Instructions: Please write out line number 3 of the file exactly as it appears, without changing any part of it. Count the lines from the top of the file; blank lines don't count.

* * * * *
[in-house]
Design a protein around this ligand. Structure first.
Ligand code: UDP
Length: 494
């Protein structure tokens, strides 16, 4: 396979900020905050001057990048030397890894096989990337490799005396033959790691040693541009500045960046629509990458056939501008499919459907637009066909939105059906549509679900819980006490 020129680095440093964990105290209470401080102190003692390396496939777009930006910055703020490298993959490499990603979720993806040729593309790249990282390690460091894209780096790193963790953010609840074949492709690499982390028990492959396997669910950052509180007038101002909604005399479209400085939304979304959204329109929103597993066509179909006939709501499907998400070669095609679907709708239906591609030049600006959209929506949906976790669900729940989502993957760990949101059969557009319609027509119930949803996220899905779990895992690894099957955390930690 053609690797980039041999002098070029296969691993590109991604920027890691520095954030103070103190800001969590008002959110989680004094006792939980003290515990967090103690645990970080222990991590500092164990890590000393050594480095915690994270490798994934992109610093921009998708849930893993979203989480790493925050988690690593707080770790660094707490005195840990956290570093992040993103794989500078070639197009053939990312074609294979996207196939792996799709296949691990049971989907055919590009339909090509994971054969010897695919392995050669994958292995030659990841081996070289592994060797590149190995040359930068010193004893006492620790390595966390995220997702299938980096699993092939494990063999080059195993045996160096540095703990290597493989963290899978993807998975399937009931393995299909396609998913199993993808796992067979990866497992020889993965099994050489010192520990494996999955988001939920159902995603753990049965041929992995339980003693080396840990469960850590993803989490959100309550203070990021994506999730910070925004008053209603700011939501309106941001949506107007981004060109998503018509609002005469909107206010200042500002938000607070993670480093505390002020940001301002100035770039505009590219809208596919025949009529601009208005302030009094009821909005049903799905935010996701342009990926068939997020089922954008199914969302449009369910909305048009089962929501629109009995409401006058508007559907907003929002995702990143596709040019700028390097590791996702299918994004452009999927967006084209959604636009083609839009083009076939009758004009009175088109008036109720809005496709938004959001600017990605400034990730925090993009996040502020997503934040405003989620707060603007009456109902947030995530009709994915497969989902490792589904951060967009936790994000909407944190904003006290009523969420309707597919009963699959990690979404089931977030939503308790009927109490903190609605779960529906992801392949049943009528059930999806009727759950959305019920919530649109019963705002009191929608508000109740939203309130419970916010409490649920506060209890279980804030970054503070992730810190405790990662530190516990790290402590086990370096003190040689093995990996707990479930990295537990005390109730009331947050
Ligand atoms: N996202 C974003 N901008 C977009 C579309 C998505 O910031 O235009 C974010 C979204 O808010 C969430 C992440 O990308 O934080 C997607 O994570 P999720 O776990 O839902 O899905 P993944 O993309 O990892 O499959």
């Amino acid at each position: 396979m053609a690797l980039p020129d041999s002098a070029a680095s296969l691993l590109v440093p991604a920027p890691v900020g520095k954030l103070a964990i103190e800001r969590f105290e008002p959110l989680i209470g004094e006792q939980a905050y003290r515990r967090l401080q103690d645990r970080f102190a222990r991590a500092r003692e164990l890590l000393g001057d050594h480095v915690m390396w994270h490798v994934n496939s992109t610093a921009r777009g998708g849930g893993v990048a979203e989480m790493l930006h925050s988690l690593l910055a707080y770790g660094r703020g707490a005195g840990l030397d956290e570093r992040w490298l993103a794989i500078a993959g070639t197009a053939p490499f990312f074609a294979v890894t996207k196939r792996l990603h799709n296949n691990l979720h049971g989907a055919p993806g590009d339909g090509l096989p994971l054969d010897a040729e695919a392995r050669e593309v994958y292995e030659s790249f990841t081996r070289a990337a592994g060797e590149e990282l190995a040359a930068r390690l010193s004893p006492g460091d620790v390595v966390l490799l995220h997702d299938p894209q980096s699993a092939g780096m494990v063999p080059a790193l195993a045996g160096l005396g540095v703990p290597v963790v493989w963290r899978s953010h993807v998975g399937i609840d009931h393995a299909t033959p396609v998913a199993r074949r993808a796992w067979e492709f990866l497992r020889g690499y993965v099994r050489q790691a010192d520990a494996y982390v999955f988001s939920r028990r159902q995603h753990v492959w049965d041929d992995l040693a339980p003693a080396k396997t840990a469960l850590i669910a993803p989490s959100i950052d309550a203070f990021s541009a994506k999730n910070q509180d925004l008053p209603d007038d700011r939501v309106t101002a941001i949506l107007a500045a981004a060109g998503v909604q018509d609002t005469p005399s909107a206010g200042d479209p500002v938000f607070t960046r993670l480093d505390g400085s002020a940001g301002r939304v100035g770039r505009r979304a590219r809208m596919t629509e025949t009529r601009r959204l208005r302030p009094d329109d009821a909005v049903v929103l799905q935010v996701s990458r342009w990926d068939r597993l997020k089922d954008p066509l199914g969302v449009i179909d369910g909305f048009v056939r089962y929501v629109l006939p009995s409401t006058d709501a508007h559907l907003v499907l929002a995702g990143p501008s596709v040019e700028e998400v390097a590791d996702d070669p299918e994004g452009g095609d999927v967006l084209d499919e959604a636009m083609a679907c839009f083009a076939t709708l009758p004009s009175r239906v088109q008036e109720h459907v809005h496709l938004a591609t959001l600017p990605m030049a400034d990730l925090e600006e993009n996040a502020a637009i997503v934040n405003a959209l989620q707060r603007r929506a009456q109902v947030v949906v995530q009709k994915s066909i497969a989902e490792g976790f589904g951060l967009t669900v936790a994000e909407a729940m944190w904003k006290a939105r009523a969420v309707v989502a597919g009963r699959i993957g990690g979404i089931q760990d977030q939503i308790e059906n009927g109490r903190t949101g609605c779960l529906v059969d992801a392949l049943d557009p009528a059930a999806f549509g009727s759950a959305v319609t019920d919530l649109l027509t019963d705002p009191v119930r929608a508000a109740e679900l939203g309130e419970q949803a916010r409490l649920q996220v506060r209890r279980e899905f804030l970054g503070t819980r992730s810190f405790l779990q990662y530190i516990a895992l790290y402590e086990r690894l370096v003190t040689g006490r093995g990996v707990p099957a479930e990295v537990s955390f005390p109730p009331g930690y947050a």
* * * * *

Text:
Ligand code: UDP